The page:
3. Saved the design using: Save as → Plain SVG

How to create a GCODE with Makercam?
Alessio opted for Makercam, a free online tool (http://www.makercam.com/).
Before you upload your svg file, check these settings:
1. Set centimeters instead inches as default unit (if you’re fine with inches make sure to convert all the suggested values);
2. Select Edit → Edit preferences Set → DPI to 90 (suggested to import a drawing from Inkscape, set 75 for Illustrator)
Now upload your SVG and turn into a GCODE:
1. Open the plain SVG saved with Inkscape, make sure to delete any unwanted object;
2. Select the inscription/draw you want to be engrave, it must be red;
3. Select CAM → pocket operation, and add some settings:
name: writehereyourfilename
tool (mm): write here the diameter of your bit (Alessio set 1mm)
target depth (mm): set how deep you want to mill (Alessio set 2 mm)
safety height (mm): write here how much the Head should rise before spinning (Alessio set 10)
step down (mm): how deep the mill should go at each pass (Alessio set 0.25)
feedrate (mm/minute): movements speed (Alessio set 400)
plunge rate (mm/minute): (Alessio set 100).

You’ll need to set the above settings for each part of the design: to do so, simply select the part (n°2) and start again with n°3. In Alessio’s one, for example, he then needed to set screw holes and outside shape. Read the whole article he published on his blog or contact him if you want to know more!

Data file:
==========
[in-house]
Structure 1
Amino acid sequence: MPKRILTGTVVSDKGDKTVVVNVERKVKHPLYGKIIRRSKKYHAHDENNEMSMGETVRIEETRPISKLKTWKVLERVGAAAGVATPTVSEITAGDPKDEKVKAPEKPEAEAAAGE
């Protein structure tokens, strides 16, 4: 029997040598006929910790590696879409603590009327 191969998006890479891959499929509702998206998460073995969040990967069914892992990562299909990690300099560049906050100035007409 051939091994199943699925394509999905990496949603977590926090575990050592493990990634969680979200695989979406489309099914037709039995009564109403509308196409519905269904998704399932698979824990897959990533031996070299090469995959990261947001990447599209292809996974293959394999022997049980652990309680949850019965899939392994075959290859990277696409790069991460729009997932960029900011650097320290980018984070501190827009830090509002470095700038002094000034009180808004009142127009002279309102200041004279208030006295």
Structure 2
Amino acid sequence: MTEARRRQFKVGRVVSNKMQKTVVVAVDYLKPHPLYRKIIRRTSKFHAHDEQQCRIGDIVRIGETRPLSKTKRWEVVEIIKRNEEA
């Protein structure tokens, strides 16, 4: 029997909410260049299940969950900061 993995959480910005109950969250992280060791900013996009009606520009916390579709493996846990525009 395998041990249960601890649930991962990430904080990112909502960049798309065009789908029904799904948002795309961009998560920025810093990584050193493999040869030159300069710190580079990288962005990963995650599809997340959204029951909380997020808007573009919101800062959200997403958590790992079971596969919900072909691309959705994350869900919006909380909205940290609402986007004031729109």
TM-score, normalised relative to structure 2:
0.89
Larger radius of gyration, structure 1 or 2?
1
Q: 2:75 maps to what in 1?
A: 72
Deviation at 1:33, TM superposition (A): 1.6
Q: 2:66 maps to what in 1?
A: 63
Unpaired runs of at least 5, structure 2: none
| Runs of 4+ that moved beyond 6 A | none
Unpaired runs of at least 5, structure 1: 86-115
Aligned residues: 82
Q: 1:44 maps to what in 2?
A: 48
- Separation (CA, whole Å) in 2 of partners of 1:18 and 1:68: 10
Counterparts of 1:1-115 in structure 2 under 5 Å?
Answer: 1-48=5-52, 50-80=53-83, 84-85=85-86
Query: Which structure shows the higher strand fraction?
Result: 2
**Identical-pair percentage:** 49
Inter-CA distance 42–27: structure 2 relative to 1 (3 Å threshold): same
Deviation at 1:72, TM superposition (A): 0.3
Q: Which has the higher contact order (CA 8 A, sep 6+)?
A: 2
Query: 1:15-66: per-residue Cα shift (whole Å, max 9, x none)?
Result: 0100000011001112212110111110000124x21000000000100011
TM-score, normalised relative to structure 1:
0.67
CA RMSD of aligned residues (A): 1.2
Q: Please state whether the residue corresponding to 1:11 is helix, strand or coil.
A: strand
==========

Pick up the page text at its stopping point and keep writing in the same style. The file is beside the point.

Last part: get the GCODE saved properly:
1. Select CAM → calculate all
2. Select CAM → export gcode
3. Select all calculated toolpaths, export and save the GCODE file on PC.

As a safer procedure, check if the FABtotum will be able to get your project done. Check the outer path: is it going to fit? If yes, go for it!

Post processing the GCODE
Ok, one last step: as you will use the FABtotum, you’ll need the GCODE that Alessio set up for us (thanks!). It’s called MakerCAM2FABtotum, it’s on GitHub. It is essential to make sure that your 3D printer knows you’re going to get her something different to bite than some good PLA. It’s a Linux bash script but you can run it also in Windows. Ask him if needed!